Synopses & Reviews
Anything is yours, if you only want it hard enough. Just think of it. ANYTHING. Try it. Try it in earnest and you will succeed. It is the operation of a mighty Law.
Does that sound like something from the latest spin-off of The Secret? In fact, those words were written in 1900 by William Walter Atkinson, the man who authored the first book on the “Law of Attraction.”
Atkinson was only one of the many and varied personalities that make up the movement known as New Thought. Composed of healers, priests, psychologists, and ordinary people from all levels of society, the proponents of New Thought have one thing in common: a belief in the power of the mind. In The History of New Thought, Haller examines the very beginnings of the movement, its early influences (including Swedish seer Emanuel Swedenborg), and how its initial emphasis on healing disease morphed into a vision of the mind’s ability to bring us whatever we desire.
While most histories of New Thought tend to focus on churches and other formal organizations, Haller reveals that New Thought has had a much broader impact on American culture. Bestselling authors from the late nineteenth century and onward sold books in the millions of copies that were eagerly read and quoted by powerful politicians and wealthy industrialists. The idea that thoughts could become reality is so embedded in American culture that we tell each other to “be positive” without ever questioning why. New Thought has become our thought. Anyone interested in psychology, popular culture, or history will be fascinated by this exploration of a little-known facet of modern culture.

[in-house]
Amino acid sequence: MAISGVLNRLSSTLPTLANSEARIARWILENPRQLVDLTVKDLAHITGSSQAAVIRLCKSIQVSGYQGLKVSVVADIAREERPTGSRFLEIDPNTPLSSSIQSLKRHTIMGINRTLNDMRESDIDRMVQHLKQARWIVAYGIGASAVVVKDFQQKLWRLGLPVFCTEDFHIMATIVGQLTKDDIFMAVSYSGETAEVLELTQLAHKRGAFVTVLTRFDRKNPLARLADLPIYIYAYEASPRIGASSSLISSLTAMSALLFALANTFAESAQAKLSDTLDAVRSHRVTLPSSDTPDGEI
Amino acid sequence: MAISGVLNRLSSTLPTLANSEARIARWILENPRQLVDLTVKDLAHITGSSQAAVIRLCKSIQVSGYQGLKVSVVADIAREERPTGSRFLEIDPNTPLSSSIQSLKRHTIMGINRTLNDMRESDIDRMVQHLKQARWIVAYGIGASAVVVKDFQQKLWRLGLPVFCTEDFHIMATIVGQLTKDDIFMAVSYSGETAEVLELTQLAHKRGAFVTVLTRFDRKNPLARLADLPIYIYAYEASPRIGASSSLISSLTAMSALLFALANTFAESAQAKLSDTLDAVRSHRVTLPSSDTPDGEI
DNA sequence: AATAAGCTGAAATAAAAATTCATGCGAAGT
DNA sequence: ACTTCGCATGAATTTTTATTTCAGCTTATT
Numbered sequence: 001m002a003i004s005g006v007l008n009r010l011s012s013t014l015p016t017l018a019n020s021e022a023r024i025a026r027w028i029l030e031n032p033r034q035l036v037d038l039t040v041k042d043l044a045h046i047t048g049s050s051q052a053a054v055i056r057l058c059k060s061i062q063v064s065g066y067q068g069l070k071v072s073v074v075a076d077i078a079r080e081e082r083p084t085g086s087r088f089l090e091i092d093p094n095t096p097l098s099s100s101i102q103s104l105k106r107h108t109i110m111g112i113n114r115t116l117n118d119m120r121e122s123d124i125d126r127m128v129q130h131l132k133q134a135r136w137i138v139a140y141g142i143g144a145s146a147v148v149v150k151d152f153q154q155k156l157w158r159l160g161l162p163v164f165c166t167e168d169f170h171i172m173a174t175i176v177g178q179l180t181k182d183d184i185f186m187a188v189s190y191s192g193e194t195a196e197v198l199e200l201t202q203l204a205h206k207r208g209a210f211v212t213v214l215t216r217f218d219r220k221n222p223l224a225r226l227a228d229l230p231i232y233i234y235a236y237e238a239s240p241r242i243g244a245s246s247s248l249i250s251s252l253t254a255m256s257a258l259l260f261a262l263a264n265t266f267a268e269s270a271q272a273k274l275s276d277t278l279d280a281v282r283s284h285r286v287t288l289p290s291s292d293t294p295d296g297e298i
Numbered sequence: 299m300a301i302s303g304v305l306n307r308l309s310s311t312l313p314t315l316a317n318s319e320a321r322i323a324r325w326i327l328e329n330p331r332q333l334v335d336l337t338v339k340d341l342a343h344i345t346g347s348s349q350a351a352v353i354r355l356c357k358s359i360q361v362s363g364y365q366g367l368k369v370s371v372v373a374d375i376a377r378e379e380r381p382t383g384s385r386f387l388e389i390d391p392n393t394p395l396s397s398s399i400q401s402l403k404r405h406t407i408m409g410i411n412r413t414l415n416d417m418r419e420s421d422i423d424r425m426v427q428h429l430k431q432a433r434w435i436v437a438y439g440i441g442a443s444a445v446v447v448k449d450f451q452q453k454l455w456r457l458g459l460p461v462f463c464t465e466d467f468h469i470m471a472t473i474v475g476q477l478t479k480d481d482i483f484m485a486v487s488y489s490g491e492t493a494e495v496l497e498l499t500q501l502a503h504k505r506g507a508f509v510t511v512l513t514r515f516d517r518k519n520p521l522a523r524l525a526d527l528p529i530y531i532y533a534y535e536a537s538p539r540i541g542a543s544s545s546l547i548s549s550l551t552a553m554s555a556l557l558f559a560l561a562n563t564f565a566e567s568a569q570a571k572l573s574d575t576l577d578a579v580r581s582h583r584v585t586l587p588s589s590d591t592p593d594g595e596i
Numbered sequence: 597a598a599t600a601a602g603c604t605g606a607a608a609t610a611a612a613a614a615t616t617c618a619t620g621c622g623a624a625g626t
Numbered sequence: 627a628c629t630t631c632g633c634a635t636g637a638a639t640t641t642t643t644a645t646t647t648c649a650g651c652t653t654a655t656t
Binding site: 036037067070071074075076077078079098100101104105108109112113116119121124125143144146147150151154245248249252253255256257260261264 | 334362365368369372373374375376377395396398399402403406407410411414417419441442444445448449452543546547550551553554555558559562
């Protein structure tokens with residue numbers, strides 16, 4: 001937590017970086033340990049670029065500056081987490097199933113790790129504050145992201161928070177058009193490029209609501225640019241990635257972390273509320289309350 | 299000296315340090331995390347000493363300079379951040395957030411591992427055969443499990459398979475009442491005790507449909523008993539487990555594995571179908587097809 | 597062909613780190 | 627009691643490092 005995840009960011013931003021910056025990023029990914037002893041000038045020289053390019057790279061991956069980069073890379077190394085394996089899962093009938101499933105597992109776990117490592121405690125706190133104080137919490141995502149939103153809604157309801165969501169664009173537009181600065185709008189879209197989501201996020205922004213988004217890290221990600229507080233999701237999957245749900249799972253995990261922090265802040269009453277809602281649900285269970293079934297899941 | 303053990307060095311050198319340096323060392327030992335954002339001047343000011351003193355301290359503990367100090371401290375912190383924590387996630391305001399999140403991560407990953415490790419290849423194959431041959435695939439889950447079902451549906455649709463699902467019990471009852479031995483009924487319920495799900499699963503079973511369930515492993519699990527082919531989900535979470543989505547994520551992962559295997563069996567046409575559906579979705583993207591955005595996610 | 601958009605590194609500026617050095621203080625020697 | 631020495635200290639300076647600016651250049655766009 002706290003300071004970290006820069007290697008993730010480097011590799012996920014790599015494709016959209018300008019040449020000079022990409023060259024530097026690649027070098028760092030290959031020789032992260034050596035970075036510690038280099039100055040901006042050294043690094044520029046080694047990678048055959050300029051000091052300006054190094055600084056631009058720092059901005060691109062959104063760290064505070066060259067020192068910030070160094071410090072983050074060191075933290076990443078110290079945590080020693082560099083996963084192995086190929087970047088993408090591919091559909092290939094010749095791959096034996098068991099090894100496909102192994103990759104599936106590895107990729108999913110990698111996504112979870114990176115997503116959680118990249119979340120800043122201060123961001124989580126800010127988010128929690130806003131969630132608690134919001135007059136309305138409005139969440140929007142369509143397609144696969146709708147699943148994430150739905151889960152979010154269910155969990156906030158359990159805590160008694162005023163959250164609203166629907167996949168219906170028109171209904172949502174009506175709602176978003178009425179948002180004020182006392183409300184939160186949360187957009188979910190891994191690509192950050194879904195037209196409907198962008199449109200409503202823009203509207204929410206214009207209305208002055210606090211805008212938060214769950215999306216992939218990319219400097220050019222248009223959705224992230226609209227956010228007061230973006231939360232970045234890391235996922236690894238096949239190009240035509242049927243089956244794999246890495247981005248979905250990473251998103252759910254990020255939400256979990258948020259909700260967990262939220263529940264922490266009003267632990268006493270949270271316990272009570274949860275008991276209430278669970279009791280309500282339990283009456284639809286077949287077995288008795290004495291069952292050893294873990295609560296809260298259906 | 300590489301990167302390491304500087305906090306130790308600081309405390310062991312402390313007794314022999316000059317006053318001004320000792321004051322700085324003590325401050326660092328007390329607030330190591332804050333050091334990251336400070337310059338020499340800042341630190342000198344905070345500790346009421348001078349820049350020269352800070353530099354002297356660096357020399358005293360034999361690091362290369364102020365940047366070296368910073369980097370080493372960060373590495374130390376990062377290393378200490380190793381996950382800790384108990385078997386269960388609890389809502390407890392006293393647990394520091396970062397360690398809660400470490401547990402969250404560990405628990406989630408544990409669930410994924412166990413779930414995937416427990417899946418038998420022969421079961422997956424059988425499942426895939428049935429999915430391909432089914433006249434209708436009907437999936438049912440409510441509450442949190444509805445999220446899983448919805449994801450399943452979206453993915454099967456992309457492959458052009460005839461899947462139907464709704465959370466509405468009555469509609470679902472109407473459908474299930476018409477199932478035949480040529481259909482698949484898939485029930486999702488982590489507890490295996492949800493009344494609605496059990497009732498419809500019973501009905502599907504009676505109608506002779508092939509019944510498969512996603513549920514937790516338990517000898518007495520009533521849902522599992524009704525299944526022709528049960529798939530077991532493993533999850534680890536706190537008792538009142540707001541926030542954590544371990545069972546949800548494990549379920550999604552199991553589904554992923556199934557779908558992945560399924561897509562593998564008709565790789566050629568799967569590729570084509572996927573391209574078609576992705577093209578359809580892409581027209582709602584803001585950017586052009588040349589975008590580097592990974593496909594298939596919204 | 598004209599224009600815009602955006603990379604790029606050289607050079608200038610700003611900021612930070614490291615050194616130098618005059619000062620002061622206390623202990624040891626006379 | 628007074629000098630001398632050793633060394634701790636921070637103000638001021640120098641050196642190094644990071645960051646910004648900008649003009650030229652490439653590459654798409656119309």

"The popularity of the so-called 'Prosperity Gospel' in modern American evangelicalism and the proliferation of exponents of this adaptation of Christian teachings have fascinated religious researchers for decades. But are there antecedents to this phenomenon that can help us understand its methods and motivations? Indeed, there is a long and complex history behind this movement, and in this fine work, author Haller (Swedenborg, Mesmer and the Mind/Body Connection: The Roots of Complementary Medicine) takes us into the heart of the uniquely American set of spiritual doctrines known as 'New Thought' and shows how such thinkers as Emanuel Swedenborg, Mary Baker Eddy, and Norman Vincent Peale have affected the way we view religion and, indeed, God. Haller concludes that 'New Thought marked a triumph of voluntarism, a vindication of religious freedom, and scorn for all forms of authoritarian creeds.' As such, it synthesizes the individualistic impulses of centuries of ecclesiastical radicals and serves it up in a distinctly American religious tradition. Haller, a historian at Southern Illinois University, Carbondale, artfully and persuasively pulls together a complex history and shines a much needed light on a seductive and popular religious movement." Publishers Weekly Copyright PWxyz, LLC. All rights reserved.
New Thought is a diverse movement whose practitioners have only one thing in common: a belief in the power of the mind to bring health, wealth, and fulfillment. In this comprehensive history of New Thought, John Haller traces its roots from the earliest influences to the mind-cure speculations of the late nineteenth century, and shows how its initial emphasis on healing disease morphed into a vision of the mind’s ability to bring us whatever we desire. Authors like Dale Carnegie, Norman Vincent Peale, and, more recently, Rhonda Byrne are eagerly read and embraced by millions of people who remain unaware that these writers are merely repeating ideas introduced decades before. The History of New Thought demonstrates the broad and lasting impact that this movement has had on American culture.
About the Author
John S. Haller Jr. is an emeritus professor of history and medical humanities at Southern Illinois University Carbondale. He has written more than a dozen books on subjects ranging from race to sexuality and the history of medicine. His most recent books include The History of American Homeopathy and Swedenborg, Mesmer, and the Mind/Body Connection. He is former editor of Caduceus: A Humanities Journal for Medicine and the Health Sciences and, until his retirement in 2008, served for eighteen years as vice president for academic affairs for Southern Illinois University.